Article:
Tuesday, November 3, 2009

Upcoming First Thursdays - with a Wednesday thrown in extra!

Is it November already? 2009 has, well, not exactly flown by but certainly moved more quickly than I anticipated. Thanks to Anna and Sandy Yaga, who Anna wrote about (see below), I was able to get to Hunter's Point and saw a lot of great art. The day was warm and beautiful, the vibes mellow and welcoming and the rib sandwich (which I snagged a bit from Sandy) was utterly delicious. I saw several artists that I want to write about but first, some interesting upcoming shows which are opening this week, on in the case of Lost Art Salon, opening next Thursday.

Artists from Tehran at Intersection for the Arts:

Abbas Kowsari; Police

Featuring the work of eight artists living in Tehran, Iran – Nima Alizadeh, Saba Alizadeh, Mohammad Ghazali, Ghazaleh Hedayat, Abbas Kowsari, Mehran Mohajer, Neda Razavipour, and Homayoun Sirizi – alongside new work by San Francisco- based artist Taraneh Hemami, this exhibition compiles a collective narrative of everyday Tehran, the largest city in the Middle East and the 16th most populated city in the world with close to 8 million residents. Representing the current unpredictability of each day in Tehran and also the hope that comes from imagining a better future, the artists chronicle narratives of place and time, demystifying life in a country that has been misunderstood and maligned for decades.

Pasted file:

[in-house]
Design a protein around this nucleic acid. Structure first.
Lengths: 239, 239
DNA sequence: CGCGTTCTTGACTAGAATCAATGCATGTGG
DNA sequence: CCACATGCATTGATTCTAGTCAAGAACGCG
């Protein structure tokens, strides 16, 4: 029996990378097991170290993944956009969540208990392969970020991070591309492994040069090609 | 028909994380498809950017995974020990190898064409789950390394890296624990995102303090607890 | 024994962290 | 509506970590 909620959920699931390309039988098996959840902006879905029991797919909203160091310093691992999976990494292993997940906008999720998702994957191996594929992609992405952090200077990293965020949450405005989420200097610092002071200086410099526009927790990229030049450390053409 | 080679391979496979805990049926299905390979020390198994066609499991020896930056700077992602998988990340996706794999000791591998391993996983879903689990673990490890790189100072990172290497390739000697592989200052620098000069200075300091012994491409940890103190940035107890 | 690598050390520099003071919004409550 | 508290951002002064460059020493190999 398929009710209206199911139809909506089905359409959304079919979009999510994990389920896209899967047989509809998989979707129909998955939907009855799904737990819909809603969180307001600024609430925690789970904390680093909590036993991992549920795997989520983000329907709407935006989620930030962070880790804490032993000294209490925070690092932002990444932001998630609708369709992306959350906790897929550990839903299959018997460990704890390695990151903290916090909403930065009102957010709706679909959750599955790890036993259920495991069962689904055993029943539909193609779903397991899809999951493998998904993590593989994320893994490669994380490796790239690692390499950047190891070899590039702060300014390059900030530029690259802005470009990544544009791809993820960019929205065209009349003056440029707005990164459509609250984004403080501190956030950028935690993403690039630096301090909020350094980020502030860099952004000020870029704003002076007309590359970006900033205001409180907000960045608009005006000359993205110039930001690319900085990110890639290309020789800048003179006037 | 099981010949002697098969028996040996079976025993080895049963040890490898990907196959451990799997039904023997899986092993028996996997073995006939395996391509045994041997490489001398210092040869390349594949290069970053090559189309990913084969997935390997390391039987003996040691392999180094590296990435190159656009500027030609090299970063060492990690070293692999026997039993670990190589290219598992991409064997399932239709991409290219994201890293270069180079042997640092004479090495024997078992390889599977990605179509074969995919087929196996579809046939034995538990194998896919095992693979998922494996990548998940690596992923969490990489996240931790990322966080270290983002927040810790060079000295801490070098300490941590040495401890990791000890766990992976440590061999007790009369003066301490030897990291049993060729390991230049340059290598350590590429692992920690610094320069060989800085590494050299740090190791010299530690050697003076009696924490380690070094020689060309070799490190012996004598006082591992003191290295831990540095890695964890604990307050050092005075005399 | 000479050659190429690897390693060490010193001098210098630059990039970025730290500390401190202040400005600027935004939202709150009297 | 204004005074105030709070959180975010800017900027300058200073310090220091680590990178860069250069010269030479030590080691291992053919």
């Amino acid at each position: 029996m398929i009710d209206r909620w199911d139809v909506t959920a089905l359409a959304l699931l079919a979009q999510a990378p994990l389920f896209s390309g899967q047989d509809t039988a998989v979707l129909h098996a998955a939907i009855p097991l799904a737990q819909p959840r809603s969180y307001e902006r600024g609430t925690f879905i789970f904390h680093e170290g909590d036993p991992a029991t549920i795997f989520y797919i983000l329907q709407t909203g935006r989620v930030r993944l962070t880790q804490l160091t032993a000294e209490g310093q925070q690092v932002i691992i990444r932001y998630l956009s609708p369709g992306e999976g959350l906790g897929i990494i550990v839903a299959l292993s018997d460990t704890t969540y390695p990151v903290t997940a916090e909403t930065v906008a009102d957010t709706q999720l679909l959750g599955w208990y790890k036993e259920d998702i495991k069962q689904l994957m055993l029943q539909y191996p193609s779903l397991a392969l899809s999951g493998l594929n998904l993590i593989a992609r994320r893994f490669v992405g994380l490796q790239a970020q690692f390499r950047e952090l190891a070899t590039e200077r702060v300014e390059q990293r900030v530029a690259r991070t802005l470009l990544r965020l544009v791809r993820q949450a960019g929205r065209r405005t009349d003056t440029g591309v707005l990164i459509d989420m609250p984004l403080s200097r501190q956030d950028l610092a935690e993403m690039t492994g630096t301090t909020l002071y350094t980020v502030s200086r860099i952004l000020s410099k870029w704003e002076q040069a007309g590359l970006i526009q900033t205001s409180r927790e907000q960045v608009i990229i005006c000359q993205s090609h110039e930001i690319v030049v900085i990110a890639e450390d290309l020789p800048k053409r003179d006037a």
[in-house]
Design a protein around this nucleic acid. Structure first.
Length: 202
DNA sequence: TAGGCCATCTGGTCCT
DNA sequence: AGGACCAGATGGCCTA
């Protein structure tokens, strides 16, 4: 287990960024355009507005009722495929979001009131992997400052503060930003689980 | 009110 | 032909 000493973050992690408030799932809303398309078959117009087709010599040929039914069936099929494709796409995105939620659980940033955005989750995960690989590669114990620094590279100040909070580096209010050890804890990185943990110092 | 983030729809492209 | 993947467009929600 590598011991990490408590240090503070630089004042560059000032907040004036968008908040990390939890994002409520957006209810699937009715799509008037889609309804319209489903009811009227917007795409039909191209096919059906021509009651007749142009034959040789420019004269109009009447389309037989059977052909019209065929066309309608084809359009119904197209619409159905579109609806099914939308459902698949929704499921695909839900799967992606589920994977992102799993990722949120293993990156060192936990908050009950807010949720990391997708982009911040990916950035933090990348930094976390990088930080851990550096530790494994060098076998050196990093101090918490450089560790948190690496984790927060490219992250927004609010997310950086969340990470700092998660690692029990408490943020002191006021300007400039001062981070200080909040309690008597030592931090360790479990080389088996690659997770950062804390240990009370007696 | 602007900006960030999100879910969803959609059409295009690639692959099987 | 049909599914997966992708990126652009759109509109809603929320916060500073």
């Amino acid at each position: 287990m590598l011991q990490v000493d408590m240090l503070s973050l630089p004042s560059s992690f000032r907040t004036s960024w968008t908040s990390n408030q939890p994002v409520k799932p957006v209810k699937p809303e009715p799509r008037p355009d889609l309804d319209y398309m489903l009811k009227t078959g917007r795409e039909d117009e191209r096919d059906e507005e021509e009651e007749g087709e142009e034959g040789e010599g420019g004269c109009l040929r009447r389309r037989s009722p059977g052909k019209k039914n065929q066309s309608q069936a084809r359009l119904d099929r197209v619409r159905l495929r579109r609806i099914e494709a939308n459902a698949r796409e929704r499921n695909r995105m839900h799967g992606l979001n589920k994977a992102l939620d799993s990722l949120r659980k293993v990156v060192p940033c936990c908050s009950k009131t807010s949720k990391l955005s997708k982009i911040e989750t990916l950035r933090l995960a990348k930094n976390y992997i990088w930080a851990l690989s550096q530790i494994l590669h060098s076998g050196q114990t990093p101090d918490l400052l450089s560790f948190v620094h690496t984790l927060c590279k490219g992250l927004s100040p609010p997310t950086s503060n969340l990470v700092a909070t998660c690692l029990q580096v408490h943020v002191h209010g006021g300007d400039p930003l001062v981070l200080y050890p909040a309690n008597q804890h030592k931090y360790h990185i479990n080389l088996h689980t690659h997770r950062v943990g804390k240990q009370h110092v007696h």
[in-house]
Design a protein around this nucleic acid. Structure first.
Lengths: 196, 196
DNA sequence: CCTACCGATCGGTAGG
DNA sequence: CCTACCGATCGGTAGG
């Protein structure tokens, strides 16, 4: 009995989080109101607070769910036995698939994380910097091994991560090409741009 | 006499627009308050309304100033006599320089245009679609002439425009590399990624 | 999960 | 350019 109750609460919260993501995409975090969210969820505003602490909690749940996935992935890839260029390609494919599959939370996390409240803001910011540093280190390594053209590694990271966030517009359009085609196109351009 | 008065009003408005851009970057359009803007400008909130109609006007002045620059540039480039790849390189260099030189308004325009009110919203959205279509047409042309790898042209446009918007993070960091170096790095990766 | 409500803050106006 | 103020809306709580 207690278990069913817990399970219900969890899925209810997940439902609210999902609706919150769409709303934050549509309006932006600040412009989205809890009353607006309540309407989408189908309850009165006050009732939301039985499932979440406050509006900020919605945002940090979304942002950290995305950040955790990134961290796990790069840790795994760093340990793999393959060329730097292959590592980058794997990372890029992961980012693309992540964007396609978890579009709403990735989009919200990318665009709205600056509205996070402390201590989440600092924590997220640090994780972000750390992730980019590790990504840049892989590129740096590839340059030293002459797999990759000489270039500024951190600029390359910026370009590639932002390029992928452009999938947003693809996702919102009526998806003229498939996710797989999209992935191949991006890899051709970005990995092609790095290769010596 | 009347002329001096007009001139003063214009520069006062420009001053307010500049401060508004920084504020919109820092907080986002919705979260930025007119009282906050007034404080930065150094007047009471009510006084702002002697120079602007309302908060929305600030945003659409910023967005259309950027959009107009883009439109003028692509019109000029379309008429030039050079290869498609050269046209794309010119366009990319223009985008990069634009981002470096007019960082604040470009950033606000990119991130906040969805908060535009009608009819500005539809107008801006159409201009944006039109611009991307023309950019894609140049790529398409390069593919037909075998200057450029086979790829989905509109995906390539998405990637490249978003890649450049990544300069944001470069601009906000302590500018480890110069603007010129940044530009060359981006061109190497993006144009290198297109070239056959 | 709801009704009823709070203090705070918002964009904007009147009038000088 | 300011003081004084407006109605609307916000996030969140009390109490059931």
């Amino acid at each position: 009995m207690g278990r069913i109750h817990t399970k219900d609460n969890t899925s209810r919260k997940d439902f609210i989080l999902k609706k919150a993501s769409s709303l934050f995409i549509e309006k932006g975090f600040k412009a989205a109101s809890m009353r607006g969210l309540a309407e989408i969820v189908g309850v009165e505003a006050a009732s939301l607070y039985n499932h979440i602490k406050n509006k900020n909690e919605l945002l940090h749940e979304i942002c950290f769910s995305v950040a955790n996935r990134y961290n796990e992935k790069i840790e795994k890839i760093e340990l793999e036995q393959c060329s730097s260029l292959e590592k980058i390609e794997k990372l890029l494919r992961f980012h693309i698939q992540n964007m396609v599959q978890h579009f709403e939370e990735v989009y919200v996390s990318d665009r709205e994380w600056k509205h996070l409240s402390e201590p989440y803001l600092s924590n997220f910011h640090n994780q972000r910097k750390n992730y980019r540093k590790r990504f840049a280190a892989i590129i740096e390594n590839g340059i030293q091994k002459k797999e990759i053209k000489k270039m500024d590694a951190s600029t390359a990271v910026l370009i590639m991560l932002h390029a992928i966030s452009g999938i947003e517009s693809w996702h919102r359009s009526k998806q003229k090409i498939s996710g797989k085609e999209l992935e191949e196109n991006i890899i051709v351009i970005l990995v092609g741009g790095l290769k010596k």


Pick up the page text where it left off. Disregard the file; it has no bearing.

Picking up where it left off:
Walter Robinson at Catherine Clark (Opening November 4th


Lost Art Salon: Opening Thursday, November 12 - another in their continuing rediscovery of lost and forgotten artists:

Woodcuts on paper by Hope Brooks Meryman made during her art career in New York City in the 1960s will be on display and for sale. Meryman was a master at capturing the feeling of a moment, the atmosphere of a particular place or the character of an individual. She cut little moments into large-scale woodblocks, giving them a timeless and iconic presence. Her life in New York City, her vacations to New England and her travels to the Mediterranean informed much of the imagery in her work.

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